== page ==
Obama’s Fatal Conceit
This year’s State of the Union address was particularly painful for anyone who understands that human knowledge has its limits.
Notions of central-planner grandeur were flowing, causing economist Friedrich Hayek’s famous bit from The Fatal Conceit to run repeatedly across my mind throughout the rest of the evening:
The curious task of economics is to demonstrate to men how little they really know about what they imagine they can design. To the naive mind that can conceive of order only as the product of deliberate arrangement, it may seem absurd that in complex conditions order, and adaptation to the unknown, can be achieved more effectively by decentralizing decisions and that a division of authority will actually extend the possibility of overall order. Yet that decentralization actually leads to more information being taken into account.
Thus, I have dedicated the rest of this post to my favorite lines from omniscient Obama’s speech, followed by some initial reactions. Here’s to hoping that I, too, shall one day have access to the Grand Cavern of Every American’s Momentary Preferences and Future Decisions.
1. “Tonight, I want to speak about how we move forward, and lay out a blueprint for an economy that’s built to last -– an economy built on American manufacturing, American energy, skills for American workers, and a renewal of American values.”
Manufacturing and energy? Nice picks! But why stop there as long as you’re picking? Also, how do you know that your fantastically cherry-picked, “blueprinted” economy will be “built to last.” Can any economy built by one arrogant grandmaster’s "blueprint" ever achieve this? What kind of everlasting hocus-pocus do you plan on manufacturing?
2. “Let’s pass an agenda that helps [start-ups and small businesses] succeed. Tear down regulations that prevent aspiring entrepreneurs from getting the financing to grow. Expand tax relief to small businesses that are raising wages and creating good jobs.”
Why are businesses that are “raising wages” better than those that might still be struggling to get off the ground or are in the process of stabilizing? Why should succeeding business be more incentivized toward success than struggling ones? Who gets to decide what constitutes a “good job,” and why should companies providing such jobs be shown favoritism? Who gets to pick the favorites and what are the criteria? (I smell a czar.)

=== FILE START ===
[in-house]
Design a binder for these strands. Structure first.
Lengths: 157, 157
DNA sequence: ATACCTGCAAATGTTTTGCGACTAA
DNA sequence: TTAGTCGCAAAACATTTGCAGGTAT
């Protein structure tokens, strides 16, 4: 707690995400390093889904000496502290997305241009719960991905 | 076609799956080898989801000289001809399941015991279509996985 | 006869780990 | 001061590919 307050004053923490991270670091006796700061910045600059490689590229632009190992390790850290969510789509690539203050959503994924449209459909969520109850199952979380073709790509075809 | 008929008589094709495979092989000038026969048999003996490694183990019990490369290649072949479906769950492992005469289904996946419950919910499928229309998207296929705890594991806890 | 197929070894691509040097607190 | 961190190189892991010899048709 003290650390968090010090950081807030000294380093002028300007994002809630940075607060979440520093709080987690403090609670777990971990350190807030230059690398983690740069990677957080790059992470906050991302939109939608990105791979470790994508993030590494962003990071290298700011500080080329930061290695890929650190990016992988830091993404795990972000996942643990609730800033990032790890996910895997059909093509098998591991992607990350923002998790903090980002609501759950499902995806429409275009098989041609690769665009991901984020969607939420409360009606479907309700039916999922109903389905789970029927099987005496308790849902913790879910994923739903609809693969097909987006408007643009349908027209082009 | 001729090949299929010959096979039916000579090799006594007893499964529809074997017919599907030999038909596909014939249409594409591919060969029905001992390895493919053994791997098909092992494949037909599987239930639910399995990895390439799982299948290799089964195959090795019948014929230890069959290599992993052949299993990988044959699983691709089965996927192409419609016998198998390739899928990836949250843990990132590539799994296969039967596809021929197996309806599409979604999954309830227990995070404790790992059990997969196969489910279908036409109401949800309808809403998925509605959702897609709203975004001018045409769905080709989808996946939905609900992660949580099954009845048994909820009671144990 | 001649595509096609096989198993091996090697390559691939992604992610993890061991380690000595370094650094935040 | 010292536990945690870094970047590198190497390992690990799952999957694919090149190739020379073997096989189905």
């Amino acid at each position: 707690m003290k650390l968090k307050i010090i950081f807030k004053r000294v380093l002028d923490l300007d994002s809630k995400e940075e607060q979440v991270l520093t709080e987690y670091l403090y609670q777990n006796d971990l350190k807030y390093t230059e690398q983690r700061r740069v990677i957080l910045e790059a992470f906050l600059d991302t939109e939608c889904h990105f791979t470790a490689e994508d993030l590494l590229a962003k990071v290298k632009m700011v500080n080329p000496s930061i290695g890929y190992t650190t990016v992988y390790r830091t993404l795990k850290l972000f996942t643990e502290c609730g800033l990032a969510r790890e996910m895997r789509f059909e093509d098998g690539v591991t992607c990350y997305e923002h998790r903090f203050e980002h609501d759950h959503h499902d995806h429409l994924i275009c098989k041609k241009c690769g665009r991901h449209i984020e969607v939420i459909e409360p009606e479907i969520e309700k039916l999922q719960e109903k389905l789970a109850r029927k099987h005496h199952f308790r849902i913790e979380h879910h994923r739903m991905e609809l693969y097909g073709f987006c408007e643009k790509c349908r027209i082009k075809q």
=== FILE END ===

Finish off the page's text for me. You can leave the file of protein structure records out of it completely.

3. “The new rules we passed restore what should be any financial system’s core purpose: Getting funding to entrepreneurs with the best ideas, and getting loans to responsible families who want to buy a home, or start a business, or send their kids to college.”
Which entrepreneurs have the “best ideas” and which families are “responsible?” How does the federal government have any clue what customers in individual markets want, and why should that be its business? Isn’t this better left to organizations that specialize in risk-taking and market analysis, rather than the guy coloring unicorns all over the American imagination?
4. “I also hear from many business leaders who want to hire in the United States but can’t find workers with the right skills. Growing industries in science and technology have twice as many openings as we have workers who can do the job. Think about that –- openings at a time when millions of Americans are looking for work. It’s inexcusable. And we know how to fix it.”
Of course we do! All we need to do is, like, double our workers in the most popular industries. (Don’t mind the “how,” because “we [obviously] know how to fix it.”) Is Little Jimmy content to live in Mommy’s basement until he’s 38 years old? There’s an app for that.
But what if those industries aren’t going to have twice as many openings in, say, 5 years? What if a new industry is birthed right when Obama’s grand old plan finally gets passed? Yeah, yeah, yeah, I know … we’ll just pump up the jams on the next crop of growing industries and it’ll all work itself out. The federal government isn’t just smart; it’s quick.